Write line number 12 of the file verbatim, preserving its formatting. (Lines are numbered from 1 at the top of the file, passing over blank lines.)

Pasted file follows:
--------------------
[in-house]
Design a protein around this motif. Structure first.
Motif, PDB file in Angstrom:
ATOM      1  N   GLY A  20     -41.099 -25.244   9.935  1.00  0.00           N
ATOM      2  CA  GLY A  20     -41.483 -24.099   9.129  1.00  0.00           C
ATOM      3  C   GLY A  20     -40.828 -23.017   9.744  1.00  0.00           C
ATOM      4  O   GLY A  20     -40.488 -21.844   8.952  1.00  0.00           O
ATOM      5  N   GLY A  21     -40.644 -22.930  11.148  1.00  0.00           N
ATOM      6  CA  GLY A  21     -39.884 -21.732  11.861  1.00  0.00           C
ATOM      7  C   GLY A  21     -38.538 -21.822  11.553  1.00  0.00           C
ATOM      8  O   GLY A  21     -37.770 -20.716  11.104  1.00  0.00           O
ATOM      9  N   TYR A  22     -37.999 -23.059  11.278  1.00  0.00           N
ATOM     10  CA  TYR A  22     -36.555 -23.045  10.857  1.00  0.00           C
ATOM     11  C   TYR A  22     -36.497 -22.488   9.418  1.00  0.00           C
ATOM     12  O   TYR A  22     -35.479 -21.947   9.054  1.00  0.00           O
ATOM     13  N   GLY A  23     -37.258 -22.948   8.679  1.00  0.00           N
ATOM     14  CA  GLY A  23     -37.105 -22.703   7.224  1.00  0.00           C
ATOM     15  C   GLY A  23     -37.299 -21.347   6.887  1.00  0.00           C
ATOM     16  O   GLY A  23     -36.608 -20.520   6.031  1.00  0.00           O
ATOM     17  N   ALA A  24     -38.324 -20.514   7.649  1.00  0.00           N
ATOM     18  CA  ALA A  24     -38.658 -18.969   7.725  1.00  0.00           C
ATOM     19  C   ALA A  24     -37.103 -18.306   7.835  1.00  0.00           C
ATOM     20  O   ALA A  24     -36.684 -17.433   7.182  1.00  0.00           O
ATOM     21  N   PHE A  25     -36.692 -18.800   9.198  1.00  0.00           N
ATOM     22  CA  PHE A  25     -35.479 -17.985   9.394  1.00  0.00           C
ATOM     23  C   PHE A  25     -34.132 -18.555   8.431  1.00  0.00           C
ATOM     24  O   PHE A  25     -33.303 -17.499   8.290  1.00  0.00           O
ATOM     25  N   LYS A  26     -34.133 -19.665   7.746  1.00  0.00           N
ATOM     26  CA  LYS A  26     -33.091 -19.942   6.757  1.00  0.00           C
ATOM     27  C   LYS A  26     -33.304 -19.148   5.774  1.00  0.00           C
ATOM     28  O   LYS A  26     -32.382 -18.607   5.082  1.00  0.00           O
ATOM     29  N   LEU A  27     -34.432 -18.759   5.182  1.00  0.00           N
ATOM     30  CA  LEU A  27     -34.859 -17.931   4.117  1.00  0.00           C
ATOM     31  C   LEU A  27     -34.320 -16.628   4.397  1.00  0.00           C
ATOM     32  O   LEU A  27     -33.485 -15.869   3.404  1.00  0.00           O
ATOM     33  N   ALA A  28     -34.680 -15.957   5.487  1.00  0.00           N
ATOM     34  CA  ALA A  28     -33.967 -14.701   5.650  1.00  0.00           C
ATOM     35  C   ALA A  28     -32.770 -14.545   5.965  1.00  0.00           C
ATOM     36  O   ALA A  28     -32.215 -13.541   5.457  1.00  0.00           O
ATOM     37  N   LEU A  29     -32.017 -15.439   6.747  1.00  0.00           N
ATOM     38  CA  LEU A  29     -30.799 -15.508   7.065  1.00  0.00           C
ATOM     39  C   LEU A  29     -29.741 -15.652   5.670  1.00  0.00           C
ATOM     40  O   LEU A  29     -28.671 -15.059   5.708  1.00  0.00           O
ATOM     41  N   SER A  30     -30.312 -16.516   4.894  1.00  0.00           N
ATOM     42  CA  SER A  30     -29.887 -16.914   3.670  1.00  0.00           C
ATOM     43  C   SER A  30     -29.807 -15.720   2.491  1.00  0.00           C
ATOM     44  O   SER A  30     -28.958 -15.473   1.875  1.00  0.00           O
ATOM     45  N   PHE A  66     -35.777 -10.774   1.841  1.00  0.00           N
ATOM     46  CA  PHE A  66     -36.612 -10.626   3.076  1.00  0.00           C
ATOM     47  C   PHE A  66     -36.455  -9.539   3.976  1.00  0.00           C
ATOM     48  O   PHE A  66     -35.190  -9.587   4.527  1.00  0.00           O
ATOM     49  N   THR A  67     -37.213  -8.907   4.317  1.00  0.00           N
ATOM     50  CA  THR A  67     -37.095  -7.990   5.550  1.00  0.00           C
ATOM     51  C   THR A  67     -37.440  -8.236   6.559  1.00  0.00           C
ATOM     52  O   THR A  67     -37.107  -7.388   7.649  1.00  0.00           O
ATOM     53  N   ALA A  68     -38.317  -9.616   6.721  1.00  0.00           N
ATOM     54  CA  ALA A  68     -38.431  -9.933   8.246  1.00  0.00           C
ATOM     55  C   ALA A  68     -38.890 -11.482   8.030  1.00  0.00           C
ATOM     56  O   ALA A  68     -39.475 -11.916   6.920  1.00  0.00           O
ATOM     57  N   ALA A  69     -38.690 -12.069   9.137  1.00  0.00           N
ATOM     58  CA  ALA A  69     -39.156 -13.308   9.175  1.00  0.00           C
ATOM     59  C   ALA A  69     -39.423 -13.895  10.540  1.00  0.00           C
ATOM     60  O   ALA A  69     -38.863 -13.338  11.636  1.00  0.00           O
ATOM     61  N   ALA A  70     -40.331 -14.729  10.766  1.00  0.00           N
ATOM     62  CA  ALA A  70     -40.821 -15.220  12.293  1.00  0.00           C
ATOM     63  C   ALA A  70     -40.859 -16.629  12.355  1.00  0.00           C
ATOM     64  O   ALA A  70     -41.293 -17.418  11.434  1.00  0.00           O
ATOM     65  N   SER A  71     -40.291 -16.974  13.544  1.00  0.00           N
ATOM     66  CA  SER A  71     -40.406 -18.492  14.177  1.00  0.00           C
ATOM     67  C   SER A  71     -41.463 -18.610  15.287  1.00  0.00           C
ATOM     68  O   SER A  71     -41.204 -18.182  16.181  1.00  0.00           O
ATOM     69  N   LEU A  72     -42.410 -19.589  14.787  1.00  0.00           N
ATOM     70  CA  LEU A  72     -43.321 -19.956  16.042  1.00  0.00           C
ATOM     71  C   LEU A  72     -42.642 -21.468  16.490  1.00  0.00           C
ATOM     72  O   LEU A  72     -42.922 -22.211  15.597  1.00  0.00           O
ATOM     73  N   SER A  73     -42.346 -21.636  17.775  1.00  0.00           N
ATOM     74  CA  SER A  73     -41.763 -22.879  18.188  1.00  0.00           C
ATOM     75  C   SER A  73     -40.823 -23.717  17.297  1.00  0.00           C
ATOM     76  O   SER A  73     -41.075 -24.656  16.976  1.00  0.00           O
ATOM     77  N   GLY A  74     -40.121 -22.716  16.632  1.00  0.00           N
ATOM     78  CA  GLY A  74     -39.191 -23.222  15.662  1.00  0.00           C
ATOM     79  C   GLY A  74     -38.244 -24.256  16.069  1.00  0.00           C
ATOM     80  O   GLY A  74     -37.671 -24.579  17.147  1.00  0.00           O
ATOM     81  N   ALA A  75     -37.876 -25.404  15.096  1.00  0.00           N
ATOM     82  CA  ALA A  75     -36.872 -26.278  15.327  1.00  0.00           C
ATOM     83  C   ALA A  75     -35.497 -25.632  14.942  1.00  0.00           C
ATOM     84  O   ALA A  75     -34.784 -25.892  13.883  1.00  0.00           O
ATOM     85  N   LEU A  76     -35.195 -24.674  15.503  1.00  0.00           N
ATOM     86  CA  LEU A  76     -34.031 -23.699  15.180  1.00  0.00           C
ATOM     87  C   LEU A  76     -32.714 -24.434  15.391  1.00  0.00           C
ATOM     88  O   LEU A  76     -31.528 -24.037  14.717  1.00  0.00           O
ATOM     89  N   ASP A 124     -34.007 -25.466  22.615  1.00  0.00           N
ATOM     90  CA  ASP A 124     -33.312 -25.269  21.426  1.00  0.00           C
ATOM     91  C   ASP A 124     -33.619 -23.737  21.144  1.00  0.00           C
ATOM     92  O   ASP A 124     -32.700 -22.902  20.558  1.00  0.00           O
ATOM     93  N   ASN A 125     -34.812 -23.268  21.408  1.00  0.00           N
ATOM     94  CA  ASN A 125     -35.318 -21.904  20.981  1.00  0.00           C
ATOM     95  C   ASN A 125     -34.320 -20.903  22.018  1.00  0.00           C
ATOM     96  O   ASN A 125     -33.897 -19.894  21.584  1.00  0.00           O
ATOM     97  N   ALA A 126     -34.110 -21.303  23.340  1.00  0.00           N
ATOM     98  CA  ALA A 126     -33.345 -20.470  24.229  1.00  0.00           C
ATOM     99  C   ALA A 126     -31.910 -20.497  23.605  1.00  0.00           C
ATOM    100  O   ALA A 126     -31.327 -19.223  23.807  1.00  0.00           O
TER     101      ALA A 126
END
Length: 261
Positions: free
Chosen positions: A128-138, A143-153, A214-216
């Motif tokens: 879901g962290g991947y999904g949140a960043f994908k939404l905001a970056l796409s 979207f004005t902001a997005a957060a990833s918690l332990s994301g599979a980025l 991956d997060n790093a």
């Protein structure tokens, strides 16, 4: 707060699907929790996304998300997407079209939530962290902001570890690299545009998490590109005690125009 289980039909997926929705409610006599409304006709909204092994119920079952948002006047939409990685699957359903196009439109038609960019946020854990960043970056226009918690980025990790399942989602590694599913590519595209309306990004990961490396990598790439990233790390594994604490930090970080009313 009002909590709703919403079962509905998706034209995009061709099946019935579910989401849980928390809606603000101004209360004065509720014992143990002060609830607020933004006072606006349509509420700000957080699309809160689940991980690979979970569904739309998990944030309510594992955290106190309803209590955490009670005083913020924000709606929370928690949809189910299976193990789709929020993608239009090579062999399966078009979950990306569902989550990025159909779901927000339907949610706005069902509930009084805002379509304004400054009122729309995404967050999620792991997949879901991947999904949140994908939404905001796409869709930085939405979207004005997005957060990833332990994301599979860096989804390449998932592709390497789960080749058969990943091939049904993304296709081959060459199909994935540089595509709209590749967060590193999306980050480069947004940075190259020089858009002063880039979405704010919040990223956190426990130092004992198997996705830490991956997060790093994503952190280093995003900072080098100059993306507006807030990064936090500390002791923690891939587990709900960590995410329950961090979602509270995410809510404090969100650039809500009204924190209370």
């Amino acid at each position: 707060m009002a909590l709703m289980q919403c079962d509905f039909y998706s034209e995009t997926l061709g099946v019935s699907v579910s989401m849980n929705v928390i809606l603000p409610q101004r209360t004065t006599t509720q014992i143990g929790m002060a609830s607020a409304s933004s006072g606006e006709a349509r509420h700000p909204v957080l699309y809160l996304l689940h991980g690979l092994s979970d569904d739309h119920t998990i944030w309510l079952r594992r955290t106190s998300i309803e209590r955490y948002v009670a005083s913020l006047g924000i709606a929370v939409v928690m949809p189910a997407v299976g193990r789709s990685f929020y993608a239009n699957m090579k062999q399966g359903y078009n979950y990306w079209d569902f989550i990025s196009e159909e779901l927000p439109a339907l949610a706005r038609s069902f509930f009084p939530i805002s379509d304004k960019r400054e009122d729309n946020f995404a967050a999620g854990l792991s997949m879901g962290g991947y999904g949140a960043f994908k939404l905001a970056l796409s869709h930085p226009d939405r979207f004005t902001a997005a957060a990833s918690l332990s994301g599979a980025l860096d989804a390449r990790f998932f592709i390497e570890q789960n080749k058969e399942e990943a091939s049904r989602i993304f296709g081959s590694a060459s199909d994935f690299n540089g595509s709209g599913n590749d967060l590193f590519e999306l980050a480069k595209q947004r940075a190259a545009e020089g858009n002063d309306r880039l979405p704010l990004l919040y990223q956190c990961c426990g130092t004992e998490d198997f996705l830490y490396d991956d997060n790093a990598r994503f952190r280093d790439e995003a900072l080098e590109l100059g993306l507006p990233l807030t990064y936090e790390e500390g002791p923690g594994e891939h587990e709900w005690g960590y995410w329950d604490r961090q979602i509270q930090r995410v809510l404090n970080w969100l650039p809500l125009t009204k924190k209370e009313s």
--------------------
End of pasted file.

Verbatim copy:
ATOM      9  N   TYR A  22     -37.999 -23.059  11.278  1.00  0.00           N